“Fuckin’ flies!” I screamed, as I slapped at the bugs in the air around me. I spit out a few that had made it into my mouth, while I searched the nightstand next to the bed. I found a Gideon Bible and used it to defend myself, smacking the wall and the pests gathering on the headboard.
As I killed handfuls of the black houseflies with every swing, the two light sconces above the headboard came to life, and then, as quickly, sparked and blew out. I noted how blackened the tops of the bulbs had become. But I didn’t have much time to consider the blown wall lamps, as the bare bulb above me then unceremoniously shattered. Whether from the force of the flies colliding with it, or due to an errant swing of the Bible, I had no answer. My only sense was to gather my things in the infested room, swim through the flies that buzzed around my face, and leave behind the wild clanging and whirring of the mad air conditioner.
I fought the flies, and a few moths, as I fled the room and got into my Cadillac. The motel’s office was now dark, and I wasn’t about to make a fool of myself again in front of McGirk. I was too upset, and sickened, over what had occurred – but I really was dead tired, even after all the excitement, and was eventually able to fall asleep in my reclined seat.
It was well past dawn when I awoke in the lot at McGirk’s Roadside Motel. My back and neck were sore from sleeping in the car, though I noted that I did get a couple hours of deep, refreshing sleep. The car’s windows were fogged over, and it was especially chilly outside, and was quickly becoming uncomfortable.
I started the car, intending to warm it up and clear the windows for the rest of my drive home. I groaned at the thought of having to go find the key, which I’d dropped in the room during my escape. I definitely didn’t look forward to having to return the key to the motelier, and likely having to explain why I had slept in my car.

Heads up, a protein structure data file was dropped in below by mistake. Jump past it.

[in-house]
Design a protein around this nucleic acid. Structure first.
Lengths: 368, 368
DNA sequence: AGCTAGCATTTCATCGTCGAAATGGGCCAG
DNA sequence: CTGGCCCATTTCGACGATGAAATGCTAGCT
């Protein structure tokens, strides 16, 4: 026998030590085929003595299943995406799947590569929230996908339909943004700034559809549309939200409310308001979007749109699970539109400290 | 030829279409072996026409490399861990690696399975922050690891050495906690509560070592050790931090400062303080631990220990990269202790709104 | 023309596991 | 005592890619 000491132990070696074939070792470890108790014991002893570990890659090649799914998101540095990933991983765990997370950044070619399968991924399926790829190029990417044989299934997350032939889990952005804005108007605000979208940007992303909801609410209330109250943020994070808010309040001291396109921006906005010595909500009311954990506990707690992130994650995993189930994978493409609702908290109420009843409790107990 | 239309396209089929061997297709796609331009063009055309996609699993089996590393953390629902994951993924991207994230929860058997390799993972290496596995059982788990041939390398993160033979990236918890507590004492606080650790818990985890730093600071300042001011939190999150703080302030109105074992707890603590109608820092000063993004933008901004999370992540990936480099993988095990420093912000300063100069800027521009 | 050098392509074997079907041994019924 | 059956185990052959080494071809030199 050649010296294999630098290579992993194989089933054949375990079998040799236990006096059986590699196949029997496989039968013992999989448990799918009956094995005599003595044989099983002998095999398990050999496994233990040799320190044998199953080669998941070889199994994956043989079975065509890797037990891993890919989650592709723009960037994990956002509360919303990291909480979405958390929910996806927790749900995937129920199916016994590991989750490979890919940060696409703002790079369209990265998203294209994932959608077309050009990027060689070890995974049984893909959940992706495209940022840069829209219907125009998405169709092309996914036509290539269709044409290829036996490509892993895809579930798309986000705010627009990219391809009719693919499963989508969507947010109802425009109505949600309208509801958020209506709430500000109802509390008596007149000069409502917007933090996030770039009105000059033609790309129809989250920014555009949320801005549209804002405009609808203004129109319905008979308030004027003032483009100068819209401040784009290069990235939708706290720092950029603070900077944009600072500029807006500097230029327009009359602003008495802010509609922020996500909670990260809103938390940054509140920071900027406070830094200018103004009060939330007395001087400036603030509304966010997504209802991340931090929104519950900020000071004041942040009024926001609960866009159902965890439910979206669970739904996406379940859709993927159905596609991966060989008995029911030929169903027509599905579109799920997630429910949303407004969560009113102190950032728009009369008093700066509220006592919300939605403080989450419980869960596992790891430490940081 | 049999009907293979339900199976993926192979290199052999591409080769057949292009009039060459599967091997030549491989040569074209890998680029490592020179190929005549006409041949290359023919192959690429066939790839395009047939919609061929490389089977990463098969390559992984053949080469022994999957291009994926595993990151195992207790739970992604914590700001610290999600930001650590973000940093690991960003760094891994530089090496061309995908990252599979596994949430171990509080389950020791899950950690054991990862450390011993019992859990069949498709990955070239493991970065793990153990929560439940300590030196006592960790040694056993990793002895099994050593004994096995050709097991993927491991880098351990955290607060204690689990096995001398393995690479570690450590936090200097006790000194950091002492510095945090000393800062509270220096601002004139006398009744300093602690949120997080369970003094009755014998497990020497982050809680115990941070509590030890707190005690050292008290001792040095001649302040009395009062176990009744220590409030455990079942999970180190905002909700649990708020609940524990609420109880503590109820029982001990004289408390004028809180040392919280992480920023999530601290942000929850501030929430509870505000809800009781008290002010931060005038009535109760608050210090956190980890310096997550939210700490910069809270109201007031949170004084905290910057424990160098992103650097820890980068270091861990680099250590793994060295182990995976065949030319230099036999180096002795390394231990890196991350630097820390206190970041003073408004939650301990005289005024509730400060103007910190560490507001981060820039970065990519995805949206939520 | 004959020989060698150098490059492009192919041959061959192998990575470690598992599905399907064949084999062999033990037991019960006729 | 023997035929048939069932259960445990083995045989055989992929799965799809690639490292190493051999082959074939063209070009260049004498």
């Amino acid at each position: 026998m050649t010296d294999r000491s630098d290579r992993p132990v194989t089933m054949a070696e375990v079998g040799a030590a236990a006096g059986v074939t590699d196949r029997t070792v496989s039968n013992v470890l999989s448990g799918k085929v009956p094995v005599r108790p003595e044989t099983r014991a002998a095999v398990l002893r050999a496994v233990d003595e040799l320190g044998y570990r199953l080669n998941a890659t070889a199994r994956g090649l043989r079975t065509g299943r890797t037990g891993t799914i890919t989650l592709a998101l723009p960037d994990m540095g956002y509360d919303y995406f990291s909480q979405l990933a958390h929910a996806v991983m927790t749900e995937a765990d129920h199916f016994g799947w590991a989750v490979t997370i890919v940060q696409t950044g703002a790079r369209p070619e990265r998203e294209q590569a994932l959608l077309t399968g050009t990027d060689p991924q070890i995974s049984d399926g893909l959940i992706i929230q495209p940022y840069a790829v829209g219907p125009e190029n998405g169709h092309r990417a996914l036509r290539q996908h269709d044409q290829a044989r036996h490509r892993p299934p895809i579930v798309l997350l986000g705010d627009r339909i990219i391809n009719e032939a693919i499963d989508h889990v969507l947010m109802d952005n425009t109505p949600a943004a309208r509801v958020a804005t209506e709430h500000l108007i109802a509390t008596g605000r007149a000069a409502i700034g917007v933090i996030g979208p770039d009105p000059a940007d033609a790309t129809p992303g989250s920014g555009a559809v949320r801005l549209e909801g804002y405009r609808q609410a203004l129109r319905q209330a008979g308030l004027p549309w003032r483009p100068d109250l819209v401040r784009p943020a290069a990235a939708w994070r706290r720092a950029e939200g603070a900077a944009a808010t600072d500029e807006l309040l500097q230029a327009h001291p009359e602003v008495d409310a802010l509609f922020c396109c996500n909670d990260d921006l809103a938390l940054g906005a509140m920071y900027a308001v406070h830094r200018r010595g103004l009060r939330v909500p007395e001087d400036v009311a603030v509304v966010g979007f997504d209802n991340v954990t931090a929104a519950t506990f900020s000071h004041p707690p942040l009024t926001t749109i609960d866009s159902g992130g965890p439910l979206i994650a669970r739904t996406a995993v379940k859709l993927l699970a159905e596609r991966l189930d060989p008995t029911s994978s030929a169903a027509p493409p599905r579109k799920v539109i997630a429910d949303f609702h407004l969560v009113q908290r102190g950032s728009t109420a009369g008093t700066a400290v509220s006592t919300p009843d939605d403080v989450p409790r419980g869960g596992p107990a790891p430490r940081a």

But I soon discovered that I would be saved from further embarrassment. As the windows defogged, the scene at McGirk’s gradually revealed itself. The motel was all but gone. In its place was a burnt-out husk, a whisp and dream of a building that I was forced to re-imagine. The motel office, which had the most structure to it, was merely a blackened slab of a partial rear wall, with some crumpled copper plumbing protruding from it. There was vegetation where Room 7 should have been; the foundation looked like it had been grown over for years.
I got out of my car and tentatively inspected the area. The motel wasn’t really even a shell of itself anymore. It was pretty obvious that a fire had occurred. There was char littered around the foundation, and I could make out various burnt debris scattered among the weeds. I walked the paved path that would have led from the office to the room where I had stayed the previous night, or, at least, where I believed I had stayed.
I was about to end my investigation and return to my car when I saw it, a few yards off among the weeds and bush. A red, plastic identifier on a key ring stuck out of the soil. I pulled it out and saw that the key ring still held its key. I turned over the plastic tab and saw that it was embossed with a large, golden ‘7.’ It was my room key, and it hadn’t decayed or been worn by the weather! I tossed the key and scrambled back to my car. It made no sense to me, and I was afraid of what I might uncover if I stuck around.
Not five minutes down the road, I came to a gas station. I saw a female attendant outside, adjusting the gas prices on the big overhead sign. So, I pulled in and the woman greeted me.
“Excuse me, ma’am. Do you know of any motels nearby?” I waited anxiously on her response, curious as to whether or not she’d refer me to McGirk’s Roadside Motel.
“Yeah, definitely. There’s the Deep Well in Harford Mills and The Sunrise in Richford.”
“Thanks. But wasn’t there one closer nearby?” My voice wavered, revealing my anxiety. “McGirk’s something or other Motel?”
The attendant didn’t immediately reply. She eyed me and my car for a few moments before responding: “You must’ve been by before McGirk’s Roadside burned down. I used to actually clean for Chester – the owner – part-time.”
“And how long ago was that?” I asked, my heart thumping in my ribcage.
“About ten years, I’d say. Chester was a cheapskate; God rest his soul.” The woman made the sign of the cross before continuing: “He got ticketed by the fire marshal, I don’t know how many times. But it was definitely an electrical fire. He had just about a full-house the night of the fire. Seven people died.”
“I’m sorry to hear that, ma’am. It’s too bad.”
“Yep, it was; and it’s all on Chester,” the woman replied, matter-of-factly. “Christ, I remember how the lights used to flicker off and on, and all sorts of things used to go haywire while I was cleaning the rooms. You’d think the place was haunted, or something!”